Our invention consists of a club of the class described, the head of which is preferably symmetrical with respect to a central plane, the upper surface of the said head being of such form as to present to the eye of the player two parallel contiguous lines of considerable length extending for a considerable distance on either side of the normal point of impact between the club and the ball, the said lines being contiguous from the heel to the toe of the club, the axis of the shaft of the club being included in the plane of symmetry and intersecting the head between the two parallel lines referred to and between the center of mass and the heel of the club.
the head of which has its sole or under surface circular in outline, the center of the said circular outline being in a. vertical plane perpendicular to the face of the club at the normal point of impact, so that when playing on smooth ground the cl". will first strike the ground directly back of the ball and in line with its desired cour 3e, thus eliminating the tendency toward any change in the angular Our invention further consists of a club pected point of resistancethe face of the relation between the face of the club and the proposed course of the ball, described above.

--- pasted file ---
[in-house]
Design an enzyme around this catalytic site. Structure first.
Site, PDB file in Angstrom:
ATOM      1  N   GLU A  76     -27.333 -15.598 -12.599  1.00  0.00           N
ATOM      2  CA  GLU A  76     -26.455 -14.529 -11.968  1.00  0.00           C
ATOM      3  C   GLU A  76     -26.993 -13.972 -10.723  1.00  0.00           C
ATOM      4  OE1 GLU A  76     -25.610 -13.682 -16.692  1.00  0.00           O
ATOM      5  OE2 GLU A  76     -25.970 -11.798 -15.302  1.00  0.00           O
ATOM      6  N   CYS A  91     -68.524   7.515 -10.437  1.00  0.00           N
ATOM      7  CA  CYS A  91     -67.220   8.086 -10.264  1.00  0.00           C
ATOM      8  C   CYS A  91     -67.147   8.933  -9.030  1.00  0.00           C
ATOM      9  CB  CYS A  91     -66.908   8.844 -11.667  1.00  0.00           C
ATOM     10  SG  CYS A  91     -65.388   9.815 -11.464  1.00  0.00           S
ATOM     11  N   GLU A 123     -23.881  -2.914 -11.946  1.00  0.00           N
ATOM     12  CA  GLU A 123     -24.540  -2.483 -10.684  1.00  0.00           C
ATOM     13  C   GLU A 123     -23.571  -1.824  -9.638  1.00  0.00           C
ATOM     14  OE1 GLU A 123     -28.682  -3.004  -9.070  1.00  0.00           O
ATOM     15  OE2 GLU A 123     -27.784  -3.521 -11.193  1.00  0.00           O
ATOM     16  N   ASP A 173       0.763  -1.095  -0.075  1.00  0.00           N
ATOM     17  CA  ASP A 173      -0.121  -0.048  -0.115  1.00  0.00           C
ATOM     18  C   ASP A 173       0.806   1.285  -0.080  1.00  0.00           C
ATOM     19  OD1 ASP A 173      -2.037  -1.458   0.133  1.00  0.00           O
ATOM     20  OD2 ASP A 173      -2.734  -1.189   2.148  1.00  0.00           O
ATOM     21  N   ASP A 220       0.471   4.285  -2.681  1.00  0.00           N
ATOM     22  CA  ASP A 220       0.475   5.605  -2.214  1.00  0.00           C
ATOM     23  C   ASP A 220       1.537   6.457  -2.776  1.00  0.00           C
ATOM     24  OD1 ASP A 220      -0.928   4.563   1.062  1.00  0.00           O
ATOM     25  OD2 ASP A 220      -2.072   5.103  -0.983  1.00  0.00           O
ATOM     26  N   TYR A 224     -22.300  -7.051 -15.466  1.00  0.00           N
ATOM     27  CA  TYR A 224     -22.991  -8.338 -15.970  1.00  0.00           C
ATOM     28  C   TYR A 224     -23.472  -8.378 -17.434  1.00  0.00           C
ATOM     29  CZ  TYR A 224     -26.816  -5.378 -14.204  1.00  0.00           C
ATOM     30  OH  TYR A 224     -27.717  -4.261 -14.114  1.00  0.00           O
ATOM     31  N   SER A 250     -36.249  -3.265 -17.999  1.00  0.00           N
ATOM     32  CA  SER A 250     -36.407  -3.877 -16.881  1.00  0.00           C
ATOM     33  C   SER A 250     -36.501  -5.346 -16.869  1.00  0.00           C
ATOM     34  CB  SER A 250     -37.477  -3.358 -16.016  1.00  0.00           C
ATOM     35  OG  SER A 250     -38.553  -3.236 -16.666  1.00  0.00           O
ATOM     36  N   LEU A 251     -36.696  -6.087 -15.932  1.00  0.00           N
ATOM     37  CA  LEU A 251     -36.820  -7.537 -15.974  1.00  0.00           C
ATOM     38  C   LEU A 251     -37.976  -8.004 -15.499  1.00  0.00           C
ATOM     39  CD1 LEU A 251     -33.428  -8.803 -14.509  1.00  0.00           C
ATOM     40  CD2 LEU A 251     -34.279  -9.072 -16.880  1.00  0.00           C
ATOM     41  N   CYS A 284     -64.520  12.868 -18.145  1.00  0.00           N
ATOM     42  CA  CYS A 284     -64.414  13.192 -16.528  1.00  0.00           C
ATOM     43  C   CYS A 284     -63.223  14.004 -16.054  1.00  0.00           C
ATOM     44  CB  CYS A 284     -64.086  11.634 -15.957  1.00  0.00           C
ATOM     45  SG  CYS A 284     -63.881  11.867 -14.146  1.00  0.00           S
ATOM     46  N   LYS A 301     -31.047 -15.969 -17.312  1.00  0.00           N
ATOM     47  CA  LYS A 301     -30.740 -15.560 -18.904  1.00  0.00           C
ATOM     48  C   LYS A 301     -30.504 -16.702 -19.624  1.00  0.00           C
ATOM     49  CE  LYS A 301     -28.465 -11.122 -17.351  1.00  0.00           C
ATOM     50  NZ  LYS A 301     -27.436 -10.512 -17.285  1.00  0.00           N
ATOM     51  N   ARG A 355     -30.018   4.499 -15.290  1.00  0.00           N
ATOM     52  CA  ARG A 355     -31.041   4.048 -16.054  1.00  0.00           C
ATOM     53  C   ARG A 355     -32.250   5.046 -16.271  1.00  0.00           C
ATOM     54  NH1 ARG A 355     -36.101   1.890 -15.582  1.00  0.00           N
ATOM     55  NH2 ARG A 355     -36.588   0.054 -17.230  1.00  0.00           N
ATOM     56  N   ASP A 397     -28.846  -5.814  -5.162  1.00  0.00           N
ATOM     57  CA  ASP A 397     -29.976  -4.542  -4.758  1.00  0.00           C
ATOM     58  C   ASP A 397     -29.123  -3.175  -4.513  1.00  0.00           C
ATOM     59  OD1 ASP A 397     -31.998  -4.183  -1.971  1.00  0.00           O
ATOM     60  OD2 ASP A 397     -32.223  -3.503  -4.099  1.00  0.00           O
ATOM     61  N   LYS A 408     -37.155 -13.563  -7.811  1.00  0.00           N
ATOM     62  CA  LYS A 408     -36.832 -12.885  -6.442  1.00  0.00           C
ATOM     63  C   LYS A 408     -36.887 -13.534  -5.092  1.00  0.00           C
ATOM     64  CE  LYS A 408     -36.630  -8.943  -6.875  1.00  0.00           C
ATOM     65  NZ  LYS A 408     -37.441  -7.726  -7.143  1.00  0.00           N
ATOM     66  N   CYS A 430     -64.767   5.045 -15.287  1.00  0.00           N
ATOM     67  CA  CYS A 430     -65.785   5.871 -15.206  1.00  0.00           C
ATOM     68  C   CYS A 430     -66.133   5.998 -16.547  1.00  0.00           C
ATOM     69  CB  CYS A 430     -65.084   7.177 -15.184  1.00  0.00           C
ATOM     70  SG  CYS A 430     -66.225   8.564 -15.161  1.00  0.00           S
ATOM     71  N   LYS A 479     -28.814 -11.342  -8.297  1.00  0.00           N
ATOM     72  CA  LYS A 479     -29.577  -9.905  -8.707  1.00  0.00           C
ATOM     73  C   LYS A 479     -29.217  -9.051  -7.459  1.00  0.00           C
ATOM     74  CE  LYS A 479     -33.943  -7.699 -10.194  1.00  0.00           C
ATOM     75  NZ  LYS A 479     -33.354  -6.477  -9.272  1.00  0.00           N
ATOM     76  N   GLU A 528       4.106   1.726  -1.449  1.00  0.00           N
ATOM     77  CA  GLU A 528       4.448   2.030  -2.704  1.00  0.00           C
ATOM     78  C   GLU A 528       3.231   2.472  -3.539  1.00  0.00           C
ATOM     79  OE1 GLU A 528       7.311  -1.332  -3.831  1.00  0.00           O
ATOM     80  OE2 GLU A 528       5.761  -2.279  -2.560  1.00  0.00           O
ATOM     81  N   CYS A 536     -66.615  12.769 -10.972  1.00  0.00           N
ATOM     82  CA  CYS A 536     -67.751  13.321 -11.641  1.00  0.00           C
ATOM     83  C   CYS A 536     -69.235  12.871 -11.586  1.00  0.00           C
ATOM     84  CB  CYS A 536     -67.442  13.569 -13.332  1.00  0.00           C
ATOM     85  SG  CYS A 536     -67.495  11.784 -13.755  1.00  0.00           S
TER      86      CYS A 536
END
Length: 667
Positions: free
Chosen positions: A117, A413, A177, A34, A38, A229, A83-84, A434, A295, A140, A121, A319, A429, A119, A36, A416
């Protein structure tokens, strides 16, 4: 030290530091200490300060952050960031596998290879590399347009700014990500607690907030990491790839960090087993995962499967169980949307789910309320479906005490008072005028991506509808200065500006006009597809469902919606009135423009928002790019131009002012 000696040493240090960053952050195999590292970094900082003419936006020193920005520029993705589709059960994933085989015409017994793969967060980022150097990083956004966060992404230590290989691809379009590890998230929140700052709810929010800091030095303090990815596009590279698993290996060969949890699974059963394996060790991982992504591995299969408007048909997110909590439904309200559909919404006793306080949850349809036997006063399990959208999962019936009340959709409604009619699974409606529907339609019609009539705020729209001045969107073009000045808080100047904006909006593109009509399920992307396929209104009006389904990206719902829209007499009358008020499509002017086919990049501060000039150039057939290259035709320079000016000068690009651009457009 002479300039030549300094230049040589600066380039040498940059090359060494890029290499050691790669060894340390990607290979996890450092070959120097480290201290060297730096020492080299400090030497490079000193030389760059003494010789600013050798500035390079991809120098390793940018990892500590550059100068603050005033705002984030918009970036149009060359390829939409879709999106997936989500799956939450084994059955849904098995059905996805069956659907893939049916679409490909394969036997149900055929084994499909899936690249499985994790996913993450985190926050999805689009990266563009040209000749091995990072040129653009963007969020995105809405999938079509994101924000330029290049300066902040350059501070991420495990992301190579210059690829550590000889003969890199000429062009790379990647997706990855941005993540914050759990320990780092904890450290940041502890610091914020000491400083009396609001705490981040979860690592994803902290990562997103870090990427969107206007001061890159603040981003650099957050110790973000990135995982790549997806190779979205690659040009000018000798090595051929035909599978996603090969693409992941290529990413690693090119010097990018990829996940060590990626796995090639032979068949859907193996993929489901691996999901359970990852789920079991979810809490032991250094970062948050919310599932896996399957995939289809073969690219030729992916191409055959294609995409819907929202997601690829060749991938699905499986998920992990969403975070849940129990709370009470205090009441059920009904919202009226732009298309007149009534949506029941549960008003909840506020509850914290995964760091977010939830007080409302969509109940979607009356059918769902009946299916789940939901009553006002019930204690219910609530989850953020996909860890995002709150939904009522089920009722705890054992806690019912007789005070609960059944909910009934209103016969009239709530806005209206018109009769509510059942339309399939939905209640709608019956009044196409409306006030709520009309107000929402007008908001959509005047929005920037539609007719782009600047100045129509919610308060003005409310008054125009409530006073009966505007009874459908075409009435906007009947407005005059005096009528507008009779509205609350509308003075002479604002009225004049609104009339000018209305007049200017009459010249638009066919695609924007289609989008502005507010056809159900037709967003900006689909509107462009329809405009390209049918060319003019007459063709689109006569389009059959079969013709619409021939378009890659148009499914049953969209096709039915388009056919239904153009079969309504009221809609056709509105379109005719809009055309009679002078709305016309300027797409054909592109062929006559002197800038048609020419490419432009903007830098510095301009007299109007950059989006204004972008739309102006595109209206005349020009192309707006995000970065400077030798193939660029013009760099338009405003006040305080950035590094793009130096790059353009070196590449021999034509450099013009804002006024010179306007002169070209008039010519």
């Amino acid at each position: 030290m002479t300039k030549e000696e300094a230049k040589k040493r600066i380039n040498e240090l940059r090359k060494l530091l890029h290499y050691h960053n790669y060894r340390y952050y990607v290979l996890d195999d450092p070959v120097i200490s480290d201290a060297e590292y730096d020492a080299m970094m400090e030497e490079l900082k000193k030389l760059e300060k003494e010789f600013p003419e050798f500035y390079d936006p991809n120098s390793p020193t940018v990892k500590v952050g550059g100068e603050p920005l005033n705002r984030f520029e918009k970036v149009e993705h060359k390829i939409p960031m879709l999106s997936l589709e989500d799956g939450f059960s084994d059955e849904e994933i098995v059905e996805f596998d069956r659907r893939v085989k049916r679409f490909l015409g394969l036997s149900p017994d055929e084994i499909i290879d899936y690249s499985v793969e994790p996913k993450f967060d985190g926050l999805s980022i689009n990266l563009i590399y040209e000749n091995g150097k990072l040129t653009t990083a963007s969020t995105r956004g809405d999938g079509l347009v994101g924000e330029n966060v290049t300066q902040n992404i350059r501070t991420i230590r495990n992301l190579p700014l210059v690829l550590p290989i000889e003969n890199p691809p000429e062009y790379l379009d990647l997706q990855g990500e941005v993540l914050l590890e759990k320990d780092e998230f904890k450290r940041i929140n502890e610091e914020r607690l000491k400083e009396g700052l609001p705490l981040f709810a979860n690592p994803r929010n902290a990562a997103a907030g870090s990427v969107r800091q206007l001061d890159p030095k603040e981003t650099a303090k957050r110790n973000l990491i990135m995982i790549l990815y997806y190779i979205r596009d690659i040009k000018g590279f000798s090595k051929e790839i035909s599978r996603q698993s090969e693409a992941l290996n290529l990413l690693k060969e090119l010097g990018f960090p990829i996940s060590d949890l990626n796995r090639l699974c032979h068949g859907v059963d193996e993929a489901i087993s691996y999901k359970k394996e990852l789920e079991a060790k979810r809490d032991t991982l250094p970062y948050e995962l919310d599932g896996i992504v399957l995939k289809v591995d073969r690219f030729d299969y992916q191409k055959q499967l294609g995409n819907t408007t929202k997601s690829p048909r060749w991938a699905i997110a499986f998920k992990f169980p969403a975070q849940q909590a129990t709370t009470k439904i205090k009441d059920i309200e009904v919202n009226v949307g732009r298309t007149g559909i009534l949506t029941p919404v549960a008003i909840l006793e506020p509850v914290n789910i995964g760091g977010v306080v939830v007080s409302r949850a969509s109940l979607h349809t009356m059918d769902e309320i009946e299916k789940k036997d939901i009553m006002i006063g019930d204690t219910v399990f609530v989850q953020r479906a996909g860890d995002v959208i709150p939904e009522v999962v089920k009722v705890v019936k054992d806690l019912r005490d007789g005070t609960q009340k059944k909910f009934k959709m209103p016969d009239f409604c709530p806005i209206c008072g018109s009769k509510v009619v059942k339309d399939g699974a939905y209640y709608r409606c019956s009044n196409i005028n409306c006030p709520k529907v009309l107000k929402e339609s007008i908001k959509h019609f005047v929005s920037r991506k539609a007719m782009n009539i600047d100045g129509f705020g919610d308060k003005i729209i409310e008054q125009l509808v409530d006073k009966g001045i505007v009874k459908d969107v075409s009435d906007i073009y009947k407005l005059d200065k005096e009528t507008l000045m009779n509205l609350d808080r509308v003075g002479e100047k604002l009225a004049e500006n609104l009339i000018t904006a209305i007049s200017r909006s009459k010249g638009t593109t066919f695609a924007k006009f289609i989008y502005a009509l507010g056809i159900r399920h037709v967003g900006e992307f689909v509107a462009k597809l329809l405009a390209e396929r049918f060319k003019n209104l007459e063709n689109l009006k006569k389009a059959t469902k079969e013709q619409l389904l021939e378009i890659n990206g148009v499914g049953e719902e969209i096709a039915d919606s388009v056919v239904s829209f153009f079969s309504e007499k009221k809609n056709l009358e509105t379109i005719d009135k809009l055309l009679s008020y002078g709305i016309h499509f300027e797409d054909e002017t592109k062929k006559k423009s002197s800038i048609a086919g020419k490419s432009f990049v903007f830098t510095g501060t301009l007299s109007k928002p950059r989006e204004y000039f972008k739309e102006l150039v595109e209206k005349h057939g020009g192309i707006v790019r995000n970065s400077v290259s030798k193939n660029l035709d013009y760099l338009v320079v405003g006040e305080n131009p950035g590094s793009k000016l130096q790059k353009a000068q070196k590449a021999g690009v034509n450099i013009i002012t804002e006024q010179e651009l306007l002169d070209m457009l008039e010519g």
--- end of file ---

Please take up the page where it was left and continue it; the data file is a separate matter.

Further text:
In the accompanying drawings, which illustrate our invention, Figure 1 is a side view of the head of the golf-club with a portion of the shaft. Fig. 2 is a top View of the same club with the shank sectioned on the line A A of Fig. 1. Fig.3 is a sectional view of the same club, the section being taken on the line B B in Fig. 1.
In the drawings, C and D represent the two striking faces of the club, the face C being used by a right-handed player and the face D by a left-handed player. I
E represents the top surface of the head of the club. This surface being comparatively long and narrow is bounded on two sidesby the long, parallel, and straight edgesF and G,
' each of which extends in an unbroken line the heel H to the toe J of the club, the said edges F and G serving as guides for the proper placing of the club with reference to the ballthat is, placing these edges perpendicular to the desired course of theball precontinuity of the edges C and D, as it has paratory to making a stroke.
The lower surface or sole M of the club is headof the club; but it may be made sepa- 'rately and attached thereto in any desired manner, or the shaft may be attached directly to the head without the interposition of a shank without departing from the constructionwhich constitutes our invention. That part .of the shank or shaft directly above the surface C is laterally contracted, as shown at the section A A, so as not to interrupt the been found that any interruption of the continuity of these edges or eitherof them greatly impairs their value as guides in properly p'lacing the club.